|Publication number||US4105975 A|
|Application number||US 05/764,604|
|Publication date||Aug 8, 1978|
|Filing date||Feb 1, 1977|
|Priority date||Feb 1, 1977|
|Publication number||05764604, 764604, US 4105975 A, US 4105975A, US-A-4105975, US4105975 A, US4105975A|
|Inventors||David E. Sanders, Ramon P. Chambers, Robert S. Gordy|
|Original Assignee||Ncr Corporation|
|Export Citation||BiBTeX, EndNote, RefMan|
|Patent Citations (2), Referenced by (19), Classifications (8), Legal Events (1)|
|External Links: USPTO, USPTO Assignment, Espacenet|
1. Field of the Invention
The invention relates to an offset correction circuit for a phase detector producing an offset error voltage. More particularly, the invention relates to an offset correction circuit which determines and stores the offset error voltage of the phase detector prior to the application of an input signal to the phase detector.
2. Description of the Prior Art
As is well known in the art, phase modulation is utilized to transmit information. One system of phase modulation, known as phaseshift keying (PSK), modulates digital information by shifting the phase parameter of an AC carrier signal usually between 0° and 180°. This type of modulated signal is generally transmitted as a suppressed carrier signal. Demodulation of a PSK signal requires that the PSK signal be multiplied by a reference signal generated in the demodulator. The reference signal must manifest accurately the frequency and phase of the incoming PSK signal. The components in which the PSK signal and the reference signal generated in the demodulator are multiplied are generally designated as phase detectors or multipliers.
Even if the reference signal is at the correct frequency but slightly out of phase with the incoming PSK signal, the output will be attenuated. For a difference in phase of close to 90°, the output of the phase detector will be near zero and a difference greater than 90° will reverse the polarity of the output of the phase detector. Thus, it is desirable that the reference signal be accurately in phase with the incoming PSK signal.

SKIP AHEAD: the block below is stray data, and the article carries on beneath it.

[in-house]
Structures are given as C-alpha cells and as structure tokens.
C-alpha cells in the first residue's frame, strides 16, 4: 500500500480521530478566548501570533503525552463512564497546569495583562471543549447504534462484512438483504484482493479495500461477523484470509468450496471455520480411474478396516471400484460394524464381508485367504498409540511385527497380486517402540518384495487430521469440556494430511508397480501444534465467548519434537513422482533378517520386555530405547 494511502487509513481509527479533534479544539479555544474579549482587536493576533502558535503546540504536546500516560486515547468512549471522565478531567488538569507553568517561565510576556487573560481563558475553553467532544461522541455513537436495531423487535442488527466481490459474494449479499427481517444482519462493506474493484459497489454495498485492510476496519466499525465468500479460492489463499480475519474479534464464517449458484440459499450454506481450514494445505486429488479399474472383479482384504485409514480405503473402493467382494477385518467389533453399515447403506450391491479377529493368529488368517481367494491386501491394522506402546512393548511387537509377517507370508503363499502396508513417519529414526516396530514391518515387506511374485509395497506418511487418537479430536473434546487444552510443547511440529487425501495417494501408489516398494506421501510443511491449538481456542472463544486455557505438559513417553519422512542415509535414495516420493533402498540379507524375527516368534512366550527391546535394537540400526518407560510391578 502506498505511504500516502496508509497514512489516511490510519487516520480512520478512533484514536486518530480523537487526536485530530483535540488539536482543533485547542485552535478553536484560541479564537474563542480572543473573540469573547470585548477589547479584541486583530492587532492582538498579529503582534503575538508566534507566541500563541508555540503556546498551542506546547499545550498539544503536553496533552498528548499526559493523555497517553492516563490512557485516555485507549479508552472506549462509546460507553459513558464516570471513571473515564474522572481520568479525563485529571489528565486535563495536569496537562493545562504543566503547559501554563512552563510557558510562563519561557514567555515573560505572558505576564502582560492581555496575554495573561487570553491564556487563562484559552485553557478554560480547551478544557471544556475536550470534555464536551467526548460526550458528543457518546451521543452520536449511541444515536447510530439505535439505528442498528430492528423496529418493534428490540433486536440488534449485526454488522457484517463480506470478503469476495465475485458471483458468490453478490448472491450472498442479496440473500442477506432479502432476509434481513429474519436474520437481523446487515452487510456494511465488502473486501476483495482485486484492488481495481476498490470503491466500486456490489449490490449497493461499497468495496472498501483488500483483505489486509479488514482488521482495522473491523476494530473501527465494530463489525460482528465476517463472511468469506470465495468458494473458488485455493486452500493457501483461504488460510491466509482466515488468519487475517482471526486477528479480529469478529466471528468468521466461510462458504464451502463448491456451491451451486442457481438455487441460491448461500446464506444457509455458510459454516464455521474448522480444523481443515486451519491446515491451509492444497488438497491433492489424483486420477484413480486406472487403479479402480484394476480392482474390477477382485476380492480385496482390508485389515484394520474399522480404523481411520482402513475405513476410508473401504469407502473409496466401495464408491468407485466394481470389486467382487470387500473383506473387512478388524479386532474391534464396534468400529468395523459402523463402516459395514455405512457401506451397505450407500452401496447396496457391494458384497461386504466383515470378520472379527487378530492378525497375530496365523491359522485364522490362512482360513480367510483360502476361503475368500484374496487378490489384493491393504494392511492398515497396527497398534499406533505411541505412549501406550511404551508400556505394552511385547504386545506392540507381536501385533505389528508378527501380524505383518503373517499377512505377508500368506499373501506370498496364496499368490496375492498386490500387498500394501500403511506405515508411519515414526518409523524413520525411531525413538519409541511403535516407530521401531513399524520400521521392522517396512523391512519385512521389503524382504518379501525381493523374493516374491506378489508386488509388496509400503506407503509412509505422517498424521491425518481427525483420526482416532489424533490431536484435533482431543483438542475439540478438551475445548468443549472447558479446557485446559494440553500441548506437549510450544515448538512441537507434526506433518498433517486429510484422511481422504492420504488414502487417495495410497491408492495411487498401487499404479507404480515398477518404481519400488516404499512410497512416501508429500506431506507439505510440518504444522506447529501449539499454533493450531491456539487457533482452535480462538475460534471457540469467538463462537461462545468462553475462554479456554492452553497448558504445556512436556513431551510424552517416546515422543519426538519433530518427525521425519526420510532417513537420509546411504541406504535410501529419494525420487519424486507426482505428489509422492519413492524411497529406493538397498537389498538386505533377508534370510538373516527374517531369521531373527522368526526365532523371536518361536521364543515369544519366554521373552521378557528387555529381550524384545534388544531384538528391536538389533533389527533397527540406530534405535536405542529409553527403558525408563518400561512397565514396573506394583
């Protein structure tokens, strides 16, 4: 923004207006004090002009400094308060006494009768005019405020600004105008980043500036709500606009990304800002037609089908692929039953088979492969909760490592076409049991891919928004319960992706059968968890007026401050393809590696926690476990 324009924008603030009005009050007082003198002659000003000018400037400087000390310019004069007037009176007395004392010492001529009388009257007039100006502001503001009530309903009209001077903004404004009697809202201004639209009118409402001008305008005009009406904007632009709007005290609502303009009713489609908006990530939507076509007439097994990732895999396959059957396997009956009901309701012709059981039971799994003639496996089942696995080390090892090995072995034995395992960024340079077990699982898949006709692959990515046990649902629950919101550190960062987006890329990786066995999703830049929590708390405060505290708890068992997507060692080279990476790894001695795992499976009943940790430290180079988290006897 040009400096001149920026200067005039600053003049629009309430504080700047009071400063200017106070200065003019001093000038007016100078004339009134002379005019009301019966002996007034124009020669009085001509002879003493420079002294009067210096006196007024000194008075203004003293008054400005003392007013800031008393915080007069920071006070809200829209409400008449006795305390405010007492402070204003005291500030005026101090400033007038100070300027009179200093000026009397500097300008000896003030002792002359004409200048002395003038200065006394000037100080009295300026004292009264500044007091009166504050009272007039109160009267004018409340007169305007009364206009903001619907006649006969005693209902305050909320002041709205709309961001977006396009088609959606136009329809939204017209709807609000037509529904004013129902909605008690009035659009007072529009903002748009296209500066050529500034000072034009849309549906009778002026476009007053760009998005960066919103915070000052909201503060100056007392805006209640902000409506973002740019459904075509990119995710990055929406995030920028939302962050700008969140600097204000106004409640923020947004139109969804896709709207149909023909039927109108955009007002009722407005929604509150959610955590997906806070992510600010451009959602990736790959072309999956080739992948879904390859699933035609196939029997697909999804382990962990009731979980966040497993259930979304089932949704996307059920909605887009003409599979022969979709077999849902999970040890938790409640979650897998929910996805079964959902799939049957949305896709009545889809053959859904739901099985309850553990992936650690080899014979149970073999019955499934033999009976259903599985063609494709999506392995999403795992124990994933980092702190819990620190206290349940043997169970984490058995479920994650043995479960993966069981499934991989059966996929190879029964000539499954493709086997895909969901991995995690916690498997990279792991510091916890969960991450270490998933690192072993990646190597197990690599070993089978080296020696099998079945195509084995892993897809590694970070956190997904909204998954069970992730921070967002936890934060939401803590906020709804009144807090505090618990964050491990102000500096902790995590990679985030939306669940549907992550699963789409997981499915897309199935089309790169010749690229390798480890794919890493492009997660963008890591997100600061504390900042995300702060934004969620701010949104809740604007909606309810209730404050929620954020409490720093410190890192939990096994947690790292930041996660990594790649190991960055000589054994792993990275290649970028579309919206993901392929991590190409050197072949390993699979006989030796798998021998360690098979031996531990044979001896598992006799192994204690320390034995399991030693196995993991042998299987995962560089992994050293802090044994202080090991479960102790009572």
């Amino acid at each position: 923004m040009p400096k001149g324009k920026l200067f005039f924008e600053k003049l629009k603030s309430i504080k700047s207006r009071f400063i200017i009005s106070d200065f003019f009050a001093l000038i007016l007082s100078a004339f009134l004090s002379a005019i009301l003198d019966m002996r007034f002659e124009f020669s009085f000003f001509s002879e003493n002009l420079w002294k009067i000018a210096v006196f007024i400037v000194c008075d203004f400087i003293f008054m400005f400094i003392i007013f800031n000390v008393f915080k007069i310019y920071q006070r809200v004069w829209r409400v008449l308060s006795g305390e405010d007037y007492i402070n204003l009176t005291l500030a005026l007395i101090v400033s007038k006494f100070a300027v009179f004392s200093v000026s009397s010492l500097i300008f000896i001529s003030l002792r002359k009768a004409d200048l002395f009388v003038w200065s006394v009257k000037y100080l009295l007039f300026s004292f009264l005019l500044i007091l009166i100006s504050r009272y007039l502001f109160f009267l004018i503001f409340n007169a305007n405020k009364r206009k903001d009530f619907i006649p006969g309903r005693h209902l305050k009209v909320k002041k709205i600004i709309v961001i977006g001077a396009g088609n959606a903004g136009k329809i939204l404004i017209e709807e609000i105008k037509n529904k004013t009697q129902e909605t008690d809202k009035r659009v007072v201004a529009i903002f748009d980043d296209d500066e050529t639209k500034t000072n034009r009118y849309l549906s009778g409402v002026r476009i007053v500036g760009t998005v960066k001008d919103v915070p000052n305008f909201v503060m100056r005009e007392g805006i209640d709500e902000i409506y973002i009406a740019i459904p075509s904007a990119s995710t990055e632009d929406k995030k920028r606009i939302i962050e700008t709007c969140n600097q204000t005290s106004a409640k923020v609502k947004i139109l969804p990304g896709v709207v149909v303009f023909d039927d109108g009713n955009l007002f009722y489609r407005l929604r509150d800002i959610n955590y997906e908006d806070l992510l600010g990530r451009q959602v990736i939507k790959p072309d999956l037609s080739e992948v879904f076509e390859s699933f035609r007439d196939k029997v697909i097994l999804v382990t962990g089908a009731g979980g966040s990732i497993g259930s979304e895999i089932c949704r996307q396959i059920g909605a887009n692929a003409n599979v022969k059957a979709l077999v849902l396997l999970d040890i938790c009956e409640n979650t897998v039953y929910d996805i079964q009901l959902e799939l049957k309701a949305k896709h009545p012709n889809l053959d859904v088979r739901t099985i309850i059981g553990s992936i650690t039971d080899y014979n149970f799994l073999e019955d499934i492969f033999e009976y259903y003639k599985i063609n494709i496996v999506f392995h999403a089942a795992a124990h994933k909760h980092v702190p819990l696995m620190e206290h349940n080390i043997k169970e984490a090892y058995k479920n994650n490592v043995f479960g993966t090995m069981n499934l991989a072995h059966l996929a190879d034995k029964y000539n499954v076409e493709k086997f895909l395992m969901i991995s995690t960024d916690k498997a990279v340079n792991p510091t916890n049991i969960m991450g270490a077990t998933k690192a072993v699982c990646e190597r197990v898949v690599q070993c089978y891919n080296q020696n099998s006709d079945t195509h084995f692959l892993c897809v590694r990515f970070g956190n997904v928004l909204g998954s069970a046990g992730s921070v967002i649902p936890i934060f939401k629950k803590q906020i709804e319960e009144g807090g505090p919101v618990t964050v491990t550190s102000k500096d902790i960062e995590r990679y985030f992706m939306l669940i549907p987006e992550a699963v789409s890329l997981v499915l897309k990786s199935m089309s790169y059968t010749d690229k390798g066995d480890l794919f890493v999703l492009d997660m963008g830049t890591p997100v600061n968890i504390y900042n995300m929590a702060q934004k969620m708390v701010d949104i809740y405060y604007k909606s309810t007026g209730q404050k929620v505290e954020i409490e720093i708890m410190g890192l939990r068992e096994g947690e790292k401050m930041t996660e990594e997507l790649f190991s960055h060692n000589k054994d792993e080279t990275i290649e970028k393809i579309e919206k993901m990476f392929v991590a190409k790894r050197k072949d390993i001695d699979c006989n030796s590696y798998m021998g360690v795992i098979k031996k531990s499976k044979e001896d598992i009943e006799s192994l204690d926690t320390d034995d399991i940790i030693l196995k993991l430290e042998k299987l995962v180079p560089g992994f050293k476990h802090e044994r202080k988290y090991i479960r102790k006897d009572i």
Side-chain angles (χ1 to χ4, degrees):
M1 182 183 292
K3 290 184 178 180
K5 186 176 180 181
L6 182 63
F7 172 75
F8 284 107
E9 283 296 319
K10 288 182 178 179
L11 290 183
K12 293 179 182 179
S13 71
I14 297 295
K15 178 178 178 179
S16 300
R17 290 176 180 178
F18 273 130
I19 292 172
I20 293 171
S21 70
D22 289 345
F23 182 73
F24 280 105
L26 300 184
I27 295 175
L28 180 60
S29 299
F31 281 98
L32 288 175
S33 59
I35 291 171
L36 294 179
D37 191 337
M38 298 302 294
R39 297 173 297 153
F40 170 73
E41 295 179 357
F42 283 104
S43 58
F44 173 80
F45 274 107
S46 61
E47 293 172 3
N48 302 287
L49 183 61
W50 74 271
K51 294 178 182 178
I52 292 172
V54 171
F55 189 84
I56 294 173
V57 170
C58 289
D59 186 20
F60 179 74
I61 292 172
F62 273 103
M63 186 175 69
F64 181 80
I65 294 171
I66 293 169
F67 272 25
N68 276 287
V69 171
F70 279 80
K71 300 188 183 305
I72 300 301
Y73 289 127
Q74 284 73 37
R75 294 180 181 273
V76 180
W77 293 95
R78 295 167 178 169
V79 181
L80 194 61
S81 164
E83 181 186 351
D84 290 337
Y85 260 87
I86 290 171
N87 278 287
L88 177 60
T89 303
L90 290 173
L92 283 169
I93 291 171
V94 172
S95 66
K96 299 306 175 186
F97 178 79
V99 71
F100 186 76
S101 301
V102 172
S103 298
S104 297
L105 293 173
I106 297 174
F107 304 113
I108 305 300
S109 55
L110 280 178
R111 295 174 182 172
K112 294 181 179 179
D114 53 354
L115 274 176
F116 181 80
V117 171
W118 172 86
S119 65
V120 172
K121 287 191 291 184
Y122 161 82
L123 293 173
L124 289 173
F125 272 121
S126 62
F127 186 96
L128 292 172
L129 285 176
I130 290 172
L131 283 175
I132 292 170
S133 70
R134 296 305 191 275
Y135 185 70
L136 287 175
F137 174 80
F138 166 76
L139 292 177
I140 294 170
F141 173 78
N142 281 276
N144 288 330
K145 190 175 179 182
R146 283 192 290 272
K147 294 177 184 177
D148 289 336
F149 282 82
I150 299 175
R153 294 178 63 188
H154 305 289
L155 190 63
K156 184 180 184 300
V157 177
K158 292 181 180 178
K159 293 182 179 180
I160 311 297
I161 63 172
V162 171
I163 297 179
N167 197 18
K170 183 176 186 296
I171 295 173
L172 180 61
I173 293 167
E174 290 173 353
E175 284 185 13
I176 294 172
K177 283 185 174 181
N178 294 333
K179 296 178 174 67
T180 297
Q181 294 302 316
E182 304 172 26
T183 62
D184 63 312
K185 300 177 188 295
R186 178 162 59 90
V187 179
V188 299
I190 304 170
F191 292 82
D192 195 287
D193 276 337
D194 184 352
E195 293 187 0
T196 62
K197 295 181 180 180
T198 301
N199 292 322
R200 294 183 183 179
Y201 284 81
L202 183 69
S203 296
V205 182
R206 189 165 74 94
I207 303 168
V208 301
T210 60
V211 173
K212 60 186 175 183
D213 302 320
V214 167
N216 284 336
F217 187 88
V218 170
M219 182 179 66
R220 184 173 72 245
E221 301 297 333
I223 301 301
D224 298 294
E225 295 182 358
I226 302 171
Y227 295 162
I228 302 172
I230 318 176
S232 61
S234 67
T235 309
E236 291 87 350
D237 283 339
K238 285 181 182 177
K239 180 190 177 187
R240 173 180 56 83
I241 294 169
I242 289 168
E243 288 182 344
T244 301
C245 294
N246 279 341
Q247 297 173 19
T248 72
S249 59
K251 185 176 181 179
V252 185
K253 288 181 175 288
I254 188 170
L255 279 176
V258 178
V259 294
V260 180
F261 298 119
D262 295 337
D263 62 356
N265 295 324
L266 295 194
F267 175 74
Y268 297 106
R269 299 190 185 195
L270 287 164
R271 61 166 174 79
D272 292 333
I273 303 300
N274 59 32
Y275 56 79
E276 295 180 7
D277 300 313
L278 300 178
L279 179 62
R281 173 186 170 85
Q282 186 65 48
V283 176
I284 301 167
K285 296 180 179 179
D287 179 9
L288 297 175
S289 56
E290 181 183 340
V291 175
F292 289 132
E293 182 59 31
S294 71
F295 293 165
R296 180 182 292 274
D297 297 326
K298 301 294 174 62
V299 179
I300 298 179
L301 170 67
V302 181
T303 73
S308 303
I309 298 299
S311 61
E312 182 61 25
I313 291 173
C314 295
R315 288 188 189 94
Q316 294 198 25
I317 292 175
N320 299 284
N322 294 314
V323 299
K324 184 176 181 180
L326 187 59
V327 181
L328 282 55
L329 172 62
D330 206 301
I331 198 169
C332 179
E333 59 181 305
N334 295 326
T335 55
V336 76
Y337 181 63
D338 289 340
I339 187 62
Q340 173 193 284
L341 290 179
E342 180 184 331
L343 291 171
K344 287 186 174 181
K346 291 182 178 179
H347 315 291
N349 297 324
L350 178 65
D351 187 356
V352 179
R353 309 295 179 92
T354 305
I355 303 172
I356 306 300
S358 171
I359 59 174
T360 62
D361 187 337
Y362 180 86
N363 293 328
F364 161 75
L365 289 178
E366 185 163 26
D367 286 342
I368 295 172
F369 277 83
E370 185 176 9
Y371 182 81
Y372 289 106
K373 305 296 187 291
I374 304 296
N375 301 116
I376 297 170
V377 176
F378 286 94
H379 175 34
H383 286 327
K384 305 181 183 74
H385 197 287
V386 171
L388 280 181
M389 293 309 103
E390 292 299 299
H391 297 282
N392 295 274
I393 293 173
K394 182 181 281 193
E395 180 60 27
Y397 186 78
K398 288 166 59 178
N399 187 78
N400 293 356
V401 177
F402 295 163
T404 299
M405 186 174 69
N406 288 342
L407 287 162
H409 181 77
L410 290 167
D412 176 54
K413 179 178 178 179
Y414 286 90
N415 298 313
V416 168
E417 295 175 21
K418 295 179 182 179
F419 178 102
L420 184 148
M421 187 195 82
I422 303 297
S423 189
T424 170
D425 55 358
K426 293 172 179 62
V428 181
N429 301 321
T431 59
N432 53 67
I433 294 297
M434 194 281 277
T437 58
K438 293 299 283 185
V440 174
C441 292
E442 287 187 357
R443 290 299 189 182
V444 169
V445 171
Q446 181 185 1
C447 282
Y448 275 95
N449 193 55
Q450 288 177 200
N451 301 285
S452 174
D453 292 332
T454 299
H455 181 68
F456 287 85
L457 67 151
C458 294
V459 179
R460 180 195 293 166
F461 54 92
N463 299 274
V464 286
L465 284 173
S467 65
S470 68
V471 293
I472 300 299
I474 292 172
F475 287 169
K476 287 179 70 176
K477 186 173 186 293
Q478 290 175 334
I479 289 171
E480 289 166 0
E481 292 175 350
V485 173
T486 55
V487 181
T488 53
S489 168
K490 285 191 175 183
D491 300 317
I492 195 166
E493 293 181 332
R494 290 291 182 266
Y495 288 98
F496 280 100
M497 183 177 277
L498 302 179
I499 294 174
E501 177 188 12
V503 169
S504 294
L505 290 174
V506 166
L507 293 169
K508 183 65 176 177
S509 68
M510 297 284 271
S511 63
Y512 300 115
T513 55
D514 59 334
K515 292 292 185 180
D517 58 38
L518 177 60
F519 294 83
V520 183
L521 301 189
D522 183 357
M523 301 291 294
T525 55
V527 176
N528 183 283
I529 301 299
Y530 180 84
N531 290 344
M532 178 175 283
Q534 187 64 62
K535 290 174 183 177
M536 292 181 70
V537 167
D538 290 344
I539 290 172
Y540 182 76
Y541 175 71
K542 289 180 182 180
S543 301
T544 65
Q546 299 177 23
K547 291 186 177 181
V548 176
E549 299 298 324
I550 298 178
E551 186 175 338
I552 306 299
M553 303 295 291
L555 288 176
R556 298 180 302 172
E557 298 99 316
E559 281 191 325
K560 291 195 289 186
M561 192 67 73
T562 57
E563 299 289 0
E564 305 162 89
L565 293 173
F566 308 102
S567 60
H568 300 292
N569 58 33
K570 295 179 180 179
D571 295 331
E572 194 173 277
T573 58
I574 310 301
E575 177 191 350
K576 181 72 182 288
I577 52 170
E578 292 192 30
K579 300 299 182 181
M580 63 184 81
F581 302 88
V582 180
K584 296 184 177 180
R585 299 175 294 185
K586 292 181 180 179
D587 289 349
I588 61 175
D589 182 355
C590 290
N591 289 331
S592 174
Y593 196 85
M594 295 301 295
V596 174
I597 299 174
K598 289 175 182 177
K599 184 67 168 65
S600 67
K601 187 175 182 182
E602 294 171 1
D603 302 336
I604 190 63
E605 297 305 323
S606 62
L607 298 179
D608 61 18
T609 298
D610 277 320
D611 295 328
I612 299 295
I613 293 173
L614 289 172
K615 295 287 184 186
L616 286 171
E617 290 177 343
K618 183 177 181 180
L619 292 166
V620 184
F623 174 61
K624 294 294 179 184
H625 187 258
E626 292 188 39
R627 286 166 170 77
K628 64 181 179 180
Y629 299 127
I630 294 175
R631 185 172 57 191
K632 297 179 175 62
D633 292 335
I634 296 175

A circuit which employs the above principles is a two phase-locked loop demodulator, also called a Costas loop demodulator. As the name implies, the output of the phase detectors is used as an input to a voltage controlled oscillator generating the reference signal. In a two phase-locked loop demodulator, each of the two loops has a phase detector but only one voltage controlled oscillator is provided. However, the reference signal to one loop is shifted 90° so that when the reference signal is in phase with the incoming PSK signal, the output of the phase detector in that loop is zero. The output of the phase detector in the other loop is negative or positive depending on whether the value of the phase difference is close to 0° or 180°, respectively.
It is well known that if the incoming signal has a low signal to noise ratio it is desirable that the output of the phase detectors not contain any offset error voltages. An offset error voltage being undesirable noise that is caused by variations in the parameters of the individual circuit elements of the phase detectors. The presence of this offset error voltage will constitute a portion of the input to the voltage controlled oscillator which generates the reference signal and will significantly degrade the performance of the phase-locked loop.